And at the national level there's a bill in Congress that would allow every state to recognize the carry permits issued in any other state, no matter how permissive. Those same congressmen aren't advocating that every state needs to recognize same-sex marriages that take place in Vermont or Massachusetts, but I have to assume they'll be consistent on that point. I will not be holding my breath on this.
The NRA's zealous unreasonableness has turned out to be a brilliant strategy. They've learned that if they oppose everything, even the most concerned public official won't dare to propose any real steps to get at the problem. We should be debating why handguns and automatic weapons even exist in our society, not just how easy we can make it to carry a loaded firearm across state lines.
I'm a Wisconsin sportsman and gun owner, and I can tell you that the extremists in the NRA don't speak for me. Not even close.
What's needed is a new movement of responsible sportsmen who recognize the fact that there is so much unnecessary death, injury and suffering that goes on in this country thanks to our lax gun laws. I'm not worried that laws clamping down on handguns and automatic weapons will affect my hunting options one bit. My shotgun has as much in common with a machine gun as a Piper Cub has with an F-16.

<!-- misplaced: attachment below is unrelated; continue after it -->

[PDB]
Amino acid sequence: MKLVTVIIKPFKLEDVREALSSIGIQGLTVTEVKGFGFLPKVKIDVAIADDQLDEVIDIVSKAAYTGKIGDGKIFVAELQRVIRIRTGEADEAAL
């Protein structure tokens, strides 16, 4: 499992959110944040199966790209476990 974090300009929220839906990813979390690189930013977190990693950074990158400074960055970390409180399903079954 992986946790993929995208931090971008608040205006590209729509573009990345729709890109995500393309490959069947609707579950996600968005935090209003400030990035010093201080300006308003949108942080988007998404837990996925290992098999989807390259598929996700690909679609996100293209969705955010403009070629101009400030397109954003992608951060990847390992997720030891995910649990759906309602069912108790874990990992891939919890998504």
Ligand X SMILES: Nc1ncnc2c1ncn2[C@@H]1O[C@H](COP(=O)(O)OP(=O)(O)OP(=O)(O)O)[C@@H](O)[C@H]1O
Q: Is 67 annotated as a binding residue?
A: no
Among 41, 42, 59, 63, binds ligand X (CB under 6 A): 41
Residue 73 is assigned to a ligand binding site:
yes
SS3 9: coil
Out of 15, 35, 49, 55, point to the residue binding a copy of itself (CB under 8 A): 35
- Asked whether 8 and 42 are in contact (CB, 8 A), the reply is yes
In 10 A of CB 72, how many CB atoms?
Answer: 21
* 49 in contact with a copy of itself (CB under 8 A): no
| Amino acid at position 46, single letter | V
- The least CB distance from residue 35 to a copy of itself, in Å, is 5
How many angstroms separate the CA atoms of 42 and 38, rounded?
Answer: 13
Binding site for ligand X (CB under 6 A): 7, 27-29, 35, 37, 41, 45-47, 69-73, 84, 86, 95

Of course I am aware that my hunting rifles can be used to kill people as well as deer and ducks, but they're not designed for that, and that makes a big difference. It's hard to conceal a long-barreled gun and impossible to get off more then four shots at a time with a semi-automatic 30.06. Could people be killed with legitimate hunting rifles? Of course, but not nearly at the same rate that we kill people today with handguns and automatic firearms. If guns were a drug, we would do something to stem the death toll.
Instead of fighting these pitched battles over the mildest and least effective of gun laws, let's have the same battles over controls that would matter. For a long time into the future the voices of reason will still lose to the NRA. But if we change the terms of the debate we will at least give ourselves a chance for gun sanity in America someday.